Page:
New Zealand - A New Me? by Molly Hunt
New Zealand was undoubtedly the most implausible, ridiculously far-fetched experiences of my life. How was I on the other side of the world? How was Shasta standing right in front of me, after I hadn't seen her for three years? How was I getting a ski-lift up a 2,797 metre mountain? I still have no idea.
The flight there was certainly a challenge, especially for someone who hates flying. Before this trip, I had never been on a plane for more than four hours. I flew from Gatwick to Dubai, Dubai to Bangkok, Bangkok to Sydney, and finally, Sydney to Christchurch. Phew. It took around 29 hours, plus the four-hour drive from where I live to Gatwick. The three-hour flight from Sydney to Christchurch was surreal. I had dreamt of The Meet ever since Shasta left; seeing her through a crowd in the airport, her unmistakable red hair. I used the three hours to mentally prepare myself, and by the time I landed in Christchurch, I had a lump in my throat and tears in my eyes.
The moment I saw her it was like the past three years never happened. I was sixteen again and happy. I had my best friend back. It was exactly as I had imagined, and our relationship had not changed a bit. Somehow, after moving to the other side of the world and starting a new life, Shasta had remained the exact same person I said goodbye to at St Margret's Bus Station three years ago.
First stop: Christchurch. The city was hit by a 7.1 earthquake in 2010, and six years later the evidence still envelopes the city. There is street art everywhere - apparently to take the attention away from the crumbling buildings and masses of building works. A Kiwi Brick Lane. An area of shops has been created out of shipping containers that have had one side ripped off to create glass fronts. Musicians play. Frankly the most unique idea and environment I have ever come across.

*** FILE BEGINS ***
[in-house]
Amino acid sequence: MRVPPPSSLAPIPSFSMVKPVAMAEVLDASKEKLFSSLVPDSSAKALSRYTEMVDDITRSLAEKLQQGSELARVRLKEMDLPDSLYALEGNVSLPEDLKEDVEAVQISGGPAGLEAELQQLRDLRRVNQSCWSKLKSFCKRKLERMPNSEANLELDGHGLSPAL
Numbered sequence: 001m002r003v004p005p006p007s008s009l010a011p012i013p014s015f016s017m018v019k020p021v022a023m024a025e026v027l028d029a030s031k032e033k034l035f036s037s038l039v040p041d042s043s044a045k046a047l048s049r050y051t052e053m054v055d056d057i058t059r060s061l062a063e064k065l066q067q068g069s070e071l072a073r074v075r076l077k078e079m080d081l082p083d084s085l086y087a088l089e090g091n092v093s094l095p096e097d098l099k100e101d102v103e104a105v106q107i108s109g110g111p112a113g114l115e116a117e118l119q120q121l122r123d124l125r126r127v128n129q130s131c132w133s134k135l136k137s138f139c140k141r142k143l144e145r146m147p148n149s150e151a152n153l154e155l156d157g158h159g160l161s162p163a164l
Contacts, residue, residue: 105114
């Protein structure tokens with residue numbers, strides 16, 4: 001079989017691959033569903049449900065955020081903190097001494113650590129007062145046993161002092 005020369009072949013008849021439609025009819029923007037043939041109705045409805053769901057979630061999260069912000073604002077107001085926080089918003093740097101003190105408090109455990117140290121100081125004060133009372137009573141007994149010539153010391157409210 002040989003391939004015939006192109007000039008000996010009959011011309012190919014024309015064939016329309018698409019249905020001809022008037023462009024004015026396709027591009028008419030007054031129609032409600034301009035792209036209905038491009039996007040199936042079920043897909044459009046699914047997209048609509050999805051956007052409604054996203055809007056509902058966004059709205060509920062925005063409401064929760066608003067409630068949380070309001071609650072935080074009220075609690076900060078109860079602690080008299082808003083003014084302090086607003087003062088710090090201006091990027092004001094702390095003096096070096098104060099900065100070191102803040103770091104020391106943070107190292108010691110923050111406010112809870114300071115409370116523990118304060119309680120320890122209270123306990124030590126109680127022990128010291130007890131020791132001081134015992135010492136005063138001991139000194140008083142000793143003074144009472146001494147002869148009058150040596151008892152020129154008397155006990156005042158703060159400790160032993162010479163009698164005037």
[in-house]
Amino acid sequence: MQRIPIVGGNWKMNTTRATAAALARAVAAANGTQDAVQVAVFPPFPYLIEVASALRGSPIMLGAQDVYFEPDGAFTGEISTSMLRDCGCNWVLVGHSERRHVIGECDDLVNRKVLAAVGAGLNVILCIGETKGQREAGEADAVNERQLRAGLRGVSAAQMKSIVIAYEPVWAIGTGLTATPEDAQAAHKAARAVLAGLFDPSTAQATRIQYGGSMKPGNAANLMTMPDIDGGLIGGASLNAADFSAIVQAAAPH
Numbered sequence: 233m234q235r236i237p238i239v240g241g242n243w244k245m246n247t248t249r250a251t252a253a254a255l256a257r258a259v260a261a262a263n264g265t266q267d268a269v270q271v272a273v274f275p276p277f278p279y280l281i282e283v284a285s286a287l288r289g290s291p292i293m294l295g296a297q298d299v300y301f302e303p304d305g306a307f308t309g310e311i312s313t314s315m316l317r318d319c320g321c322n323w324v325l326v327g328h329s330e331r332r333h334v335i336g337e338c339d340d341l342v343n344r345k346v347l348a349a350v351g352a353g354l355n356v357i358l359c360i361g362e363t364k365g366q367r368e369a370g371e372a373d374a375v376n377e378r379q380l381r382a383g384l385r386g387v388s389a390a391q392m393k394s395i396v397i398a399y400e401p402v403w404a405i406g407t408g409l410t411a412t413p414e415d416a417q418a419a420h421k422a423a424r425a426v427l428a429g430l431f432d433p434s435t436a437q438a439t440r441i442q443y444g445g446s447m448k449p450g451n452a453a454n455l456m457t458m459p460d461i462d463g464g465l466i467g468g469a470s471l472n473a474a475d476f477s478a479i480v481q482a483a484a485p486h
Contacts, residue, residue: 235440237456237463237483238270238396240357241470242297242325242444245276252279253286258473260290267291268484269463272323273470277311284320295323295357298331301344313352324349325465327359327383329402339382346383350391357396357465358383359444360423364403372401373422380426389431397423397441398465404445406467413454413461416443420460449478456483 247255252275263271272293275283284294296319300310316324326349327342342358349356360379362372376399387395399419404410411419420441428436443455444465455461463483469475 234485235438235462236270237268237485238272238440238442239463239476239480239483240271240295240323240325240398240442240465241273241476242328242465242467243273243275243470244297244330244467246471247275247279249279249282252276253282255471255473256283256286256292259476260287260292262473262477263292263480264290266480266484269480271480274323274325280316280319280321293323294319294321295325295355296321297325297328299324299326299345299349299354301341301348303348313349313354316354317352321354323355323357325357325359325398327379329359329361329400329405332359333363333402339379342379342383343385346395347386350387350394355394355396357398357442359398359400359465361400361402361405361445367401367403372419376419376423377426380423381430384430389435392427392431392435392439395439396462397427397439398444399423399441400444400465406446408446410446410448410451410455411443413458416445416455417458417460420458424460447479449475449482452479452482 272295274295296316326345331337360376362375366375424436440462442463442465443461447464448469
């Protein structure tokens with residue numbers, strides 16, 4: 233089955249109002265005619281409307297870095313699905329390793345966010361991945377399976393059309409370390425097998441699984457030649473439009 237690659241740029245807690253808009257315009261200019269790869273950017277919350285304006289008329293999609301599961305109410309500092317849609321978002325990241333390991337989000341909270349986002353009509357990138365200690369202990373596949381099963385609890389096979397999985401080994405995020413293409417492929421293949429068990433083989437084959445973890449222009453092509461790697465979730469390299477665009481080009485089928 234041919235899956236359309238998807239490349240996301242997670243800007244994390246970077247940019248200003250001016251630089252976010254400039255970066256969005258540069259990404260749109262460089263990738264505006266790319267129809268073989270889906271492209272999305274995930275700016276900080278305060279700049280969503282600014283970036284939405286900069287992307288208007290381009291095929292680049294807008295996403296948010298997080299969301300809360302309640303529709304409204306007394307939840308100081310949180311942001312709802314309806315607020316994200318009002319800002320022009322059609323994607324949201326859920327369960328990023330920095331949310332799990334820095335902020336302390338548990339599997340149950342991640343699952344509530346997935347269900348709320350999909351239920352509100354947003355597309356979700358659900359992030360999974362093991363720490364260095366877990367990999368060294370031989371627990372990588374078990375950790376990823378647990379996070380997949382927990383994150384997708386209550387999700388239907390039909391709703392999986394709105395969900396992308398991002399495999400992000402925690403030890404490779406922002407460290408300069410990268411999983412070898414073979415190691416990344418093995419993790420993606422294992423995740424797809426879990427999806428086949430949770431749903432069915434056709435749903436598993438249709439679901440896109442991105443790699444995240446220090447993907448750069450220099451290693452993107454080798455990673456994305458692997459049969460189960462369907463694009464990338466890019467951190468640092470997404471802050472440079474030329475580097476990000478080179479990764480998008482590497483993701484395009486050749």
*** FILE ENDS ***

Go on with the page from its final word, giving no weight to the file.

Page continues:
I quickly discovered the Kiwi way of life revolves around exercise. The regular hikes we undertook made me question if I was in training to climb Mount Kilimanjaro. We climbed to heights where the air became almost too thin for my asthmatic lungs to catch. Mums ran past us on steep hills with babies strapped to their fronts, and many OAP's sped past me. It was a wakeup call, but it was liberating. At home I exercise at the gym to burn calories and build muscle. In NZ, I was exercising for the experience; the calorie burning and muscle building was a happy extra.
In true American-self-discovery-movie style, we hired a car and drove three hours to Lake Tekapo. The drive in itself was awe- inspiring. We literally got on one road and drove the whole way without a single turn. Seeing the mountains in the distance for the first time was one of those movie moments when the little kid sees piles of glistening presents waiting for him on Christmas morning and rubs his tired eyes, thinking he must be dreaming. A crystal clear green screen, but this was real.
The walks we took were utterly bewildering. We walked along hill-side cliffs, the billowing ocean to our left, rolling hills as far as the eye could see to our right. It made me feel insignificant in a beautiful way. We walked for hours without seeing a soul. It felt like we were the only people on the planet. Explorers discovering an untouched continent. There was something special about knowing that our footsteps would be washed away by the sea breeze and it would be like we were never there.
As cheesy, corny and cliché as it sounds, New Zealand taught me that there is so much more to life than material things. Previously, I would roll my eyes at ‘Gap Yah’ students that travel the world to ‘discover themselves’ and find some inner meaning of life, and perhaps I still do. I didn’t discover myself, I discovered possibilities. I did something I never thought I could or would do and travelled to the other side of the world on my own. Though my anxiety hung over me along the way, I overcame it in order to have new experiences.
I planned to throw myself into exercise and adventure on my return, but the irony is that the extreme hiking and running has led to me injuring my knee, so I’m having to take things easier. The trip has shown me that I sometimes I prefer long hikes to shopping days, new sports gear to new dresses. But as I sit here on the bus to London, my boyfriend asleep next to me, I am secretly looking forward to hitting Oxford Street!